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HMRC internal manual

International Manual

Thin capitalisation: practical guidance: breaches of agreements between HMRC and the group: breaches and treaty clearance

Before 2007, thin capitalisation agreements were explicitly linked to treaty clearance applications. They represented some of the conditions under which HMRC granted clearance for interest to be paid gross (or subject to a lower rate of tax) to an overseas lender. This gave the agreement the status of a conditional treaty clearance, issued under Statutory Instrument 1970/488. If the terms of the thin cap agreement were breached, the treaty clearance might be forfeit. In practice such difficulties were usually resolved by a disallowance of interest in the tax computation, an injection of equity or reduction of debt, or some combination of these, rather than terminating the clearance and requiring the UK borrower to start withholding at the full rate again.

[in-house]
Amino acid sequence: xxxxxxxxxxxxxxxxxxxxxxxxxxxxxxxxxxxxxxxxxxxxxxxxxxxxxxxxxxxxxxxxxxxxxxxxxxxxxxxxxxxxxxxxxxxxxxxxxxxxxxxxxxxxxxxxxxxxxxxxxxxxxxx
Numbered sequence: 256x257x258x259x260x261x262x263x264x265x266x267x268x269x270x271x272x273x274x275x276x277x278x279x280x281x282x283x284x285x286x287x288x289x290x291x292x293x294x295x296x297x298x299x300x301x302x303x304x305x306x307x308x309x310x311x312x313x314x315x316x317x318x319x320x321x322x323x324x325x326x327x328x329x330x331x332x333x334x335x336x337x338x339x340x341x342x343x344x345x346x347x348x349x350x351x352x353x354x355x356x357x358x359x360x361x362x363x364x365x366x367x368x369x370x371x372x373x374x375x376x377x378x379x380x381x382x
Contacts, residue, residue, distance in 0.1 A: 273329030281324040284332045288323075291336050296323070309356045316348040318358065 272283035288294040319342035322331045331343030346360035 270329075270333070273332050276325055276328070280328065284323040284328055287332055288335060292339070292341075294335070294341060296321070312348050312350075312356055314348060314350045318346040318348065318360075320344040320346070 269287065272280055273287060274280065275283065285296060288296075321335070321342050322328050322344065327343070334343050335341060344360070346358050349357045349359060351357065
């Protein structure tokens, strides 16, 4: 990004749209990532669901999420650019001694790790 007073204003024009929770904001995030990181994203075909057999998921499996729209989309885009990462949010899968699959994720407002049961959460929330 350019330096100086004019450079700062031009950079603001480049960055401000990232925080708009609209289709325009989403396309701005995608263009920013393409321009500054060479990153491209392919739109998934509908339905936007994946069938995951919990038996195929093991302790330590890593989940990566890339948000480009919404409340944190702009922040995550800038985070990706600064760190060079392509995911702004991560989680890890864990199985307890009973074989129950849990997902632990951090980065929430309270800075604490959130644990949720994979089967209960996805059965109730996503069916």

A breach of an Advance Thin Cap Agreement will not jeopardise the actual existence of any treaty clearance agreed in relation to interest. The clearance will still apply to interest that is agreed to be at arm’s length, but will not cover any interest reclassified as non-arm’s length by the action of the ATCA. . Non arm’s length is not covered by treaty clearance, and such amounts will when paid become subject to withholding obligations under ITA07/S874.

TIOPA10/S187 may remove the withholding obligation from such non-arm’s length amounts, if a claim is made, as explained at INTM413150.

If the application of the agreement results in a disallowance, the compensating adjustment legislation may be available to the lender under ICTA88/SCH28AA/PARA6C, or to UK companies of the global group (excluding companies in the borrowing unit) who have the borrowing capacity to offset the disallowance, under ICTA88/SCH28AA/PARA6D. See INTM413140 and INTM413160.